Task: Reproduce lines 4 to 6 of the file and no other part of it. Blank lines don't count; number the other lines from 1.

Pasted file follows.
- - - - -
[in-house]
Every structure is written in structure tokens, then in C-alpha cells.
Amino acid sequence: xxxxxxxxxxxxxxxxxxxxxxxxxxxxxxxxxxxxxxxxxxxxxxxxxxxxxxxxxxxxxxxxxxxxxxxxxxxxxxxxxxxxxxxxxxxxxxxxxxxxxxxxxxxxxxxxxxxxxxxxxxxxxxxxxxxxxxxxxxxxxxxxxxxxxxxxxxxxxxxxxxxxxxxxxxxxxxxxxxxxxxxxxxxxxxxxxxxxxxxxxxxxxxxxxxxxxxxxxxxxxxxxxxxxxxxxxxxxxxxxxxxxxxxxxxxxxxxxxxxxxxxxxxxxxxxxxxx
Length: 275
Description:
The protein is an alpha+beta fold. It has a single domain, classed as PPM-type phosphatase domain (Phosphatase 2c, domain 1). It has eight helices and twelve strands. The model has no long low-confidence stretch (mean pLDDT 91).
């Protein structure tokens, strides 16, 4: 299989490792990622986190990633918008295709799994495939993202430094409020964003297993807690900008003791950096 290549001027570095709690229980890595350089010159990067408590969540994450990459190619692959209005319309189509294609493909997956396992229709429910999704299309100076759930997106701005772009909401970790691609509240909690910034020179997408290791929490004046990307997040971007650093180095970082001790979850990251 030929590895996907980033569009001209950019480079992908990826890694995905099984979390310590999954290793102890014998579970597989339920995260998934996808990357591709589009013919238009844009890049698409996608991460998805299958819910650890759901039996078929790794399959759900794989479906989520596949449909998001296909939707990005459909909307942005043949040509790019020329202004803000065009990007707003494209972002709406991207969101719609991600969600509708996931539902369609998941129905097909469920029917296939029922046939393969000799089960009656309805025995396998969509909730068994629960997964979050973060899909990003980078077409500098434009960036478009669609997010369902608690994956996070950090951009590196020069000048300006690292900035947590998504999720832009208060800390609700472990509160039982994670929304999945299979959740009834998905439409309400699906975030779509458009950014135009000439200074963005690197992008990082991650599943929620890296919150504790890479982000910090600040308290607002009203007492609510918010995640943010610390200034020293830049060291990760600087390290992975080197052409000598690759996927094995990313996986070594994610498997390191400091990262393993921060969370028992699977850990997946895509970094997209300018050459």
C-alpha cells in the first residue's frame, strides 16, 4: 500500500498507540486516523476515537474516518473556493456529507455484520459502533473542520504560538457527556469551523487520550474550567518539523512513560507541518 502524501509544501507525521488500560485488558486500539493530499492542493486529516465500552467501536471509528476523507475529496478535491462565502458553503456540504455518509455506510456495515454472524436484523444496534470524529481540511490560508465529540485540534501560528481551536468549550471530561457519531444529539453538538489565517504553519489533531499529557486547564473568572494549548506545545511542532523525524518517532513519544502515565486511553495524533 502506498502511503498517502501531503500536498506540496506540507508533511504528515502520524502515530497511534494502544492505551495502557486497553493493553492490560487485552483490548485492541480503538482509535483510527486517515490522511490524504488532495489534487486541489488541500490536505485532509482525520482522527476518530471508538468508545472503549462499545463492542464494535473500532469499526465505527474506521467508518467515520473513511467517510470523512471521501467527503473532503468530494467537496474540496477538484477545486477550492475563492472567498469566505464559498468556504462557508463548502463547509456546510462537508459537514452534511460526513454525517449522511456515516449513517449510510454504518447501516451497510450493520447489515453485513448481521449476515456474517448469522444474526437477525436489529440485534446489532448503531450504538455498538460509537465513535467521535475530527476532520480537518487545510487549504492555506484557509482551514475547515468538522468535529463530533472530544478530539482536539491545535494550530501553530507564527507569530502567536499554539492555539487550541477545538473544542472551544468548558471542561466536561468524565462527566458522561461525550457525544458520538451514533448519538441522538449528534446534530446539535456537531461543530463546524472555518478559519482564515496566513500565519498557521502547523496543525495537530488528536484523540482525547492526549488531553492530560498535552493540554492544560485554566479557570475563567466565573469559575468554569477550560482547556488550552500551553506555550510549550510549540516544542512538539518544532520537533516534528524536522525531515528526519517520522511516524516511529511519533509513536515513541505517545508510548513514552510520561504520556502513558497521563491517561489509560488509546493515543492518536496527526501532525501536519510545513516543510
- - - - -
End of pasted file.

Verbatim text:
Length: 275
Description:
The protein is an alpha+beta fold. It has a single domain, classed as PPM-type phosphatase domain (Phosphatase 2c, domain 1). It has eight helices and twelve strands. The model has no long low-confidence stretch (mean pLDDT 91).